Friday, 15 November 2013

Screening for hospital pathogens

A new microfluidic device (for handling small volumes of fluids) has been developed by researchers to screen for hospital pathogens like Pseudomonas aeruginosa.
Pseudomonas aeruginosa is a bacterium common in soil and water; it has also been associated with hospital acquired infections. People with weakened immune systems are at a particular risk, especially from the disease cystic fibrosis (the forming thick layers of mucus in the lungs).
To help the diagnosis of the pathogen, MIT researchers have developed a new microfluidic device that could speed the monitoring of bacterial infections associated with cystic fibrosis and other diseases. The advantage with the device is that it can screen patient samples faster and with greater accuracy.
The microfluidic chip is etched with tiny channels, each resembling an elongated hourglass with a pinched midsection. Researchers injected bacteria through one end of each channel, and observed how bacterial cells travel from one end to the other. The cells were propelled by electrical forces. Depending on the type of bacterial cell, they either passed through the channel's narrow section or were trapped at the opening. By using this method, the researchers could screen which bacteria are pathogens and which are harmless.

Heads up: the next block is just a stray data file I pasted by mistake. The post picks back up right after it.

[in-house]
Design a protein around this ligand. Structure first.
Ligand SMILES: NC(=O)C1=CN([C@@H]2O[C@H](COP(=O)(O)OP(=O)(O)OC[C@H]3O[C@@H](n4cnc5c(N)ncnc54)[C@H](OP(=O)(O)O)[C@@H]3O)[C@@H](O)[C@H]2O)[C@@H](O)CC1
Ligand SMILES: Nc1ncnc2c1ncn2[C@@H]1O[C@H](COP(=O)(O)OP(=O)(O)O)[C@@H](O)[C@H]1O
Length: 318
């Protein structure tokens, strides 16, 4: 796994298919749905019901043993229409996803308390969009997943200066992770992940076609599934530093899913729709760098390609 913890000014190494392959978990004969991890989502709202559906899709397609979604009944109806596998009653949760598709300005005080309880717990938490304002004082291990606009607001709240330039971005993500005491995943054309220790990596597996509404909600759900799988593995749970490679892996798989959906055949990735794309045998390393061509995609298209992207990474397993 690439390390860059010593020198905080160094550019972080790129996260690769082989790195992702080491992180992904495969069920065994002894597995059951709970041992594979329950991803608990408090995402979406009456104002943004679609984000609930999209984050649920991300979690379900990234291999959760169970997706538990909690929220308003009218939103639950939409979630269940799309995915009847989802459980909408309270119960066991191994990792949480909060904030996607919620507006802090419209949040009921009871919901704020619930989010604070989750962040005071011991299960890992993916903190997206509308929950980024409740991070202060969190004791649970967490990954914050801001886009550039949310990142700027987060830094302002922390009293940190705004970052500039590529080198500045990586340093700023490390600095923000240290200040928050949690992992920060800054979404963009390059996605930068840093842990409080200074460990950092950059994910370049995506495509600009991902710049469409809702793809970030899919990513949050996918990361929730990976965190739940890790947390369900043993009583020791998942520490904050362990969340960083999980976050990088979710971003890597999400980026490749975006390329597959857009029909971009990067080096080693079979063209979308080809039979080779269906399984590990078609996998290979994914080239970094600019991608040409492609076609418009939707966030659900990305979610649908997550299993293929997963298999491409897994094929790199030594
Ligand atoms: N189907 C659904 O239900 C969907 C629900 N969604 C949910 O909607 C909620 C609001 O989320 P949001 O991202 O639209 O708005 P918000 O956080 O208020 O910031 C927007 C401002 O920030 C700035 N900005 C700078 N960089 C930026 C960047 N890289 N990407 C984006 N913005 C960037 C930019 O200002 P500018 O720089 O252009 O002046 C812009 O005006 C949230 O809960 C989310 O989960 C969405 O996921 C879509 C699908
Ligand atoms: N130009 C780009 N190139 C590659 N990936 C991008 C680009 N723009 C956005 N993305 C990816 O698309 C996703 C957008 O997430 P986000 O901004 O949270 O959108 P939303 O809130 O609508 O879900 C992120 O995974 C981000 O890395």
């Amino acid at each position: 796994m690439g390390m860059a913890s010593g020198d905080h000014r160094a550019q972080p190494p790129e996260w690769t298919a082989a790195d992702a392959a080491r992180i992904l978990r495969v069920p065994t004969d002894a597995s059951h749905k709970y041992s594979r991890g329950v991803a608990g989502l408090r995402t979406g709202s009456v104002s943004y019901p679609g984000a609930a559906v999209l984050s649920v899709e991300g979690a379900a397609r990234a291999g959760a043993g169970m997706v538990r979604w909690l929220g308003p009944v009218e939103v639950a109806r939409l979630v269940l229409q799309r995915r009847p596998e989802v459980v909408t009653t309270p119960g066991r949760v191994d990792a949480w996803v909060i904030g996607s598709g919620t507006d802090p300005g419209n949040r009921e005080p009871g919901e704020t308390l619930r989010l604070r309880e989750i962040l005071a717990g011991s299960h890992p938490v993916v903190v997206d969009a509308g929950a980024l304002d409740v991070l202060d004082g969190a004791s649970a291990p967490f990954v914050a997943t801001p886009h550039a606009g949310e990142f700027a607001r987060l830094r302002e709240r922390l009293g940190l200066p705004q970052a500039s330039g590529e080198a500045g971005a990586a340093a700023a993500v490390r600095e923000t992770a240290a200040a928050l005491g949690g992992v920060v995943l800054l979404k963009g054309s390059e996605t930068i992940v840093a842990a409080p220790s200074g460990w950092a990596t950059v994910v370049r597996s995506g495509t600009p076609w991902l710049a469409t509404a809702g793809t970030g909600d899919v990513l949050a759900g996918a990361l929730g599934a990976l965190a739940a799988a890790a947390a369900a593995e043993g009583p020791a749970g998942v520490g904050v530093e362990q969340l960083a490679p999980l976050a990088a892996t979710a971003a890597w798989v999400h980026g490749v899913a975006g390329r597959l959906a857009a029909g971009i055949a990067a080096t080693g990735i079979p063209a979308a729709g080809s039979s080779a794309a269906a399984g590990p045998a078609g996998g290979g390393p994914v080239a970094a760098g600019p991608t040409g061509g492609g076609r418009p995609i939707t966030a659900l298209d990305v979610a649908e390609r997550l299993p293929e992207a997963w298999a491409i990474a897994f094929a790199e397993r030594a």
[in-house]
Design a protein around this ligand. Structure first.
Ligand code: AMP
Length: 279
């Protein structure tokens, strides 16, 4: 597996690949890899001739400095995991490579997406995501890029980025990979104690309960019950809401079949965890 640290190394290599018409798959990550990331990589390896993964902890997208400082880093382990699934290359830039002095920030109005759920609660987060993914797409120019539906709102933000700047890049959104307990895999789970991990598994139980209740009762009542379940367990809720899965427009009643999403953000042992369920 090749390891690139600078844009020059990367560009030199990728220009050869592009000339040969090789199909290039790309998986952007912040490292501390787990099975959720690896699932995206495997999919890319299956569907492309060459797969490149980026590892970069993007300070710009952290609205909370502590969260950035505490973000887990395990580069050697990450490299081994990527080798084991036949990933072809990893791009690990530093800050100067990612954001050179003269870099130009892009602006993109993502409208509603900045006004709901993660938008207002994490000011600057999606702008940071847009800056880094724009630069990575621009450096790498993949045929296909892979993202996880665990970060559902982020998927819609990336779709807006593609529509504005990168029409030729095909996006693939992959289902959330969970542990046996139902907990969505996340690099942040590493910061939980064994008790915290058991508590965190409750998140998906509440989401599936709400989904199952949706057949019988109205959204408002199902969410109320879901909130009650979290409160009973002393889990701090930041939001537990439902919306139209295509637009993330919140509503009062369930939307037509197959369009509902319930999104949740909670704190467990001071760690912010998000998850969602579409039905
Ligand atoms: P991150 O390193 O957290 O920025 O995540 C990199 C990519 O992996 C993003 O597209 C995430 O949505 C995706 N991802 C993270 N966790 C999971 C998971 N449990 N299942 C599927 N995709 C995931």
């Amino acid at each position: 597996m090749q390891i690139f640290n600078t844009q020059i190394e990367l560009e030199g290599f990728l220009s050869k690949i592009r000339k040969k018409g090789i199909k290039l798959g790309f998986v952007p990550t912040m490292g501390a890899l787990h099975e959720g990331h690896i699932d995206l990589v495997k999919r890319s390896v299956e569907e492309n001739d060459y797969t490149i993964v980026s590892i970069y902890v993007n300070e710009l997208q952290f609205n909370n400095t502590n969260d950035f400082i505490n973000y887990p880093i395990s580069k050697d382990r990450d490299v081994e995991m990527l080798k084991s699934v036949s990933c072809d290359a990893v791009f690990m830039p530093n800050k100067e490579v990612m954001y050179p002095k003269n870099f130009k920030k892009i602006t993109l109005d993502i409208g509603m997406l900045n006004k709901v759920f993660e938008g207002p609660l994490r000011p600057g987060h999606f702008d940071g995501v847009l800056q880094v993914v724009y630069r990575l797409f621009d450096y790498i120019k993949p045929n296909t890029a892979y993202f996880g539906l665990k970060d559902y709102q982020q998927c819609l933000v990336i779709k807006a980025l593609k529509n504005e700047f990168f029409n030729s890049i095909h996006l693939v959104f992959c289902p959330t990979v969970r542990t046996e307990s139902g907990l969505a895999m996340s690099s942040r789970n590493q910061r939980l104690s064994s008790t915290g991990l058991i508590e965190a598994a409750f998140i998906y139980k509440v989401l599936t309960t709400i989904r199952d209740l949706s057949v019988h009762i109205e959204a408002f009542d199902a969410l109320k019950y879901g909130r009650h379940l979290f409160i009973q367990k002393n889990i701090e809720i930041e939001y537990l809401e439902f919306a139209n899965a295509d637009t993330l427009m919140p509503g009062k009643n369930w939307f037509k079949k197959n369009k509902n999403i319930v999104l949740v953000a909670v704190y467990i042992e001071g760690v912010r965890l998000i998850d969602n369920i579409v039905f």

To demonstrate the method, the researchers examined ordinary strains of P. aeruginosa, along with mutant strains that were missing certain genes required to make the dangerous pathogens. From their experiments, the researchers found that their device is able to distinguish benign bacterial cells from those that are more likely to be pathogenic.
The study was a collaboration between scientists at Ghent University, Belgium, and the University of Queensland, in Australia. The findings have been published in the journal PLOS One. The paper is called “Dielectrophoresis-Based Discrimination of Bacteria at the Strain Level Based on Their Surface Properties.”

Posted by Tim Sandle